some of the greatest minds in history. The goal of the classical approach is to
teach people how to learn for themselves. The five tools of learning, known as
the Trivium, are reason, record, research, relate, and rhetoric. Younger
children begin with the preparing stage, where they learn basic reading,
writing, and arithmetic. The grammar stage is next, which emphasizes
compositions and collections, and then the dialectic stage, where serious
reading, study, and research take place. All the tools come together in the
rhetoric stage, where communication is the primary focus.

The Charlotte Mason Method
The Charlotte Mason method has at its core the belief that children deserve
respect and that they learn best from real-life situations. According to
Charlotte Mason, children should be given time to play, create, and be involved
in real-life situations from which they can learn. Students of the Charlotte
Mason method take nature walks, visit art museums, and learn geography, history,
and literature from "living books," books that make these subjects come alive.
Students also show what they know, not by taking tests, but via narration and
discussion.

The Waldorf Method
The Waldorf method is also used by some homeschoolers. Waldorf education is
based on the work of Rudolf Steiner and stresses the importance of educating the
whole child—body, mind, and spirit. In the early grades, there is an emphasis on
arts and crafts, music and movement, and nature. Older children are taught to
develop self-awareness and how to reason things out for themselves. Children in
a Waldorf homeschool do not use standard textbooks; instead, the children create
their own books.

Montessori
Montessori materials are also popular in some households. The Montessori method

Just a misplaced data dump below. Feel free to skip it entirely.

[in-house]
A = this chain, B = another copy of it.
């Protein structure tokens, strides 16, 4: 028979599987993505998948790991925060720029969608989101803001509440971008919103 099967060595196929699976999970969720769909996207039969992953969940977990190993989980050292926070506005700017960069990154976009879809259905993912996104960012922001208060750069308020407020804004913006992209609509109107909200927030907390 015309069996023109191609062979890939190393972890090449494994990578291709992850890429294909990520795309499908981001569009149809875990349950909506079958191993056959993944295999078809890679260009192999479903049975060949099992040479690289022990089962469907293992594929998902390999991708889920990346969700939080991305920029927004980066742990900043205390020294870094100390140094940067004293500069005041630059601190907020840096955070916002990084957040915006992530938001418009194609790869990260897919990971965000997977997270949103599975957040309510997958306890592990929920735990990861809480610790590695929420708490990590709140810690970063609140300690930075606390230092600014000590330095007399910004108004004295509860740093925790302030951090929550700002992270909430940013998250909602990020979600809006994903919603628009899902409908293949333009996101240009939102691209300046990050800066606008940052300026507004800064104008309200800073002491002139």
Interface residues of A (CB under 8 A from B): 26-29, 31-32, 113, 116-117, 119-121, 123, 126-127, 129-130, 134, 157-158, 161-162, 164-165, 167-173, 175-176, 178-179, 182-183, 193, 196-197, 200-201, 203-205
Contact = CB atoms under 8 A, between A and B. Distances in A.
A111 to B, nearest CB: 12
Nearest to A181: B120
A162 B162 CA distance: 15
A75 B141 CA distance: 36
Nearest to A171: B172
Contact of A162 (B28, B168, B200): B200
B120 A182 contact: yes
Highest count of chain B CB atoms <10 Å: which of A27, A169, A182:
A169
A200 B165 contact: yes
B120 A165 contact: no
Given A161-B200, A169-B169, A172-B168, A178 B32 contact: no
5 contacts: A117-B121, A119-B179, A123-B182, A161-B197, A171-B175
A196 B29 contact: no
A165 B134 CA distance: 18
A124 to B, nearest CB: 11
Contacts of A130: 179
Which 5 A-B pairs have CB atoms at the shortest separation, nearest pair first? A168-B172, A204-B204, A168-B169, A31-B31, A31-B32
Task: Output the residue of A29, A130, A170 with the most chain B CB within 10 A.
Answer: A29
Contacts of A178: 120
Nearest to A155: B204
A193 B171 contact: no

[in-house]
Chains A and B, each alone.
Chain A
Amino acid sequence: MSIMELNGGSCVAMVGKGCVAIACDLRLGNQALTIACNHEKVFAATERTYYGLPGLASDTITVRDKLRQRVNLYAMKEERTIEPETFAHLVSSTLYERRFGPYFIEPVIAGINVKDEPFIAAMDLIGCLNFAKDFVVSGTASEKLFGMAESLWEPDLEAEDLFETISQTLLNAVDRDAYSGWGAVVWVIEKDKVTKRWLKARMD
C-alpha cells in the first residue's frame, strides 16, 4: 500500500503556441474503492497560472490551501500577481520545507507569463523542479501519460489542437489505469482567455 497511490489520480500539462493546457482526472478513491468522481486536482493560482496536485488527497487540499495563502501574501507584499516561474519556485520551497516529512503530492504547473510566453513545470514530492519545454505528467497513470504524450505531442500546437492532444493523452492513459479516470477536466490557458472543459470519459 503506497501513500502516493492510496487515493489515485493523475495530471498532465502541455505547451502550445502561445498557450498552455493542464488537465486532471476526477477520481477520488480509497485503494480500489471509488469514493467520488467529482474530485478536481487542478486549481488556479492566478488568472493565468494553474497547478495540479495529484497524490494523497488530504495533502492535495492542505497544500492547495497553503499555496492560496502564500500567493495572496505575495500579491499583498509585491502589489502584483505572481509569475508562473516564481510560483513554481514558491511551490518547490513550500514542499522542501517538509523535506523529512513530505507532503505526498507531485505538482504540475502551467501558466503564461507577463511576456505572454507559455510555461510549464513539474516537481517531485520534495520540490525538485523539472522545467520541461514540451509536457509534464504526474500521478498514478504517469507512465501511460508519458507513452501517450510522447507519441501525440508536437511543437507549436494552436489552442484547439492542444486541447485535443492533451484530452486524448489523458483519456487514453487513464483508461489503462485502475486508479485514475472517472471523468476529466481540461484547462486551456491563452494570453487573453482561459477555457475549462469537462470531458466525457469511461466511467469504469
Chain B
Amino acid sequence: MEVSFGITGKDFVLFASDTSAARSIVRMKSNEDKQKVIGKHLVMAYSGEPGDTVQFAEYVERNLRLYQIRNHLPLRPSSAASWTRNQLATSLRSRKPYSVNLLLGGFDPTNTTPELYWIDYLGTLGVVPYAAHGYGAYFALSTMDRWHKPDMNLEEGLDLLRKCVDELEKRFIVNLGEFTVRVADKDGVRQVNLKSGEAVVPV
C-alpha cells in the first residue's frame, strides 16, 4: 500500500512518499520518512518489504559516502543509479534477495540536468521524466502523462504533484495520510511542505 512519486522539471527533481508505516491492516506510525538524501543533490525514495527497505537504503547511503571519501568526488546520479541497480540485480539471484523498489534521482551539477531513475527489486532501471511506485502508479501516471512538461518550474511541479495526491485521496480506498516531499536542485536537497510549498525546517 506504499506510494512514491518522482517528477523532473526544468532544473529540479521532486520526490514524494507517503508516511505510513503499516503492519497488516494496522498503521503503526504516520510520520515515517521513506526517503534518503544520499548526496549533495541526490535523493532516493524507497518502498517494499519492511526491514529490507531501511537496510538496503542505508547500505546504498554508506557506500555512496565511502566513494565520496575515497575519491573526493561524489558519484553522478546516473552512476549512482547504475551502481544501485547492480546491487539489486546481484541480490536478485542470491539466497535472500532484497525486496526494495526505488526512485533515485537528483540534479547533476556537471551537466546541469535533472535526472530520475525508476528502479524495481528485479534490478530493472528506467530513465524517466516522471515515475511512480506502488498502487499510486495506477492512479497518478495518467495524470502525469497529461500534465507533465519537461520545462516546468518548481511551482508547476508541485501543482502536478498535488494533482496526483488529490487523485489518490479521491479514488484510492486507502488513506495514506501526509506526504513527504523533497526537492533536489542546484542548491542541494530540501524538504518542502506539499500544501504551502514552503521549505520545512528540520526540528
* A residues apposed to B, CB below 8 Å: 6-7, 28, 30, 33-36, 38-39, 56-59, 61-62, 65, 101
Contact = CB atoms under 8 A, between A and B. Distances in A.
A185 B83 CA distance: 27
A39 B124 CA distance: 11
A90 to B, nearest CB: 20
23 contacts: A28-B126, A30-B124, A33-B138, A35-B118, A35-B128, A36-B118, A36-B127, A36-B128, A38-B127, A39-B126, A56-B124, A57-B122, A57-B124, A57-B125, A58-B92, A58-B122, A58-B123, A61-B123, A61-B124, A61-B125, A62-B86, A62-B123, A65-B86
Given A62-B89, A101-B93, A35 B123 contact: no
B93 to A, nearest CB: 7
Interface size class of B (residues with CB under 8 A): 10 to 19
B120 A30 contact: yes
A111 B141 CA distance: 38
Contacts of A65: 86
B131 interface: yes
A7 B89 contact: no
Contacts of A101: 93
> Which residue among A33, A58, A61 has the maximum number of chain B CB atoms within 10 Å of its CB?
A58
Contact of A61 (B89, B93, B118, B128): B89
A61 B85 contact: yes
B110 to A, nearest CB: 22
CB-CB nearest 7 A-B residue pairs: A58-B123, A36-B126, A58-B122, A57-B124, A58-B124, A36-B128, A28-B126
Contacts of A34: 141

emphasizes "errorless learning," where the children learn at their own pace and
in that way develop their full potential. The Montessori homeschool emphasizes
beauty and avoids things that are confusing or cluttered. Wooden tools are
preferred over plastic tools, and learning materials are kept well-organized and
ready to use. Most homeschoolers use the Montessori method for younger children.

Multiple Intelligences
"Multiple intelligences" is an idea developed by Howard Gardner and Harvard
University's "project zero." The belief is that everyone is intelligent in his
or her own way and that learning is easiest and most effective when it uses a
person's strengths instead of their weakness. For example, most schools use a
linguistic and logical-mathematical approach when teaching, but not everyone
learns that way. Some students, the bodily kinesthetic learners for example,
learn best by touching and not by listening or reading. Most successful
homeschoolers naturally emphasize their children's strengths and automatically
tailor their teaching to match their child's learning style. Successful
homeschoolers also adjust their learning environment and schedule so that it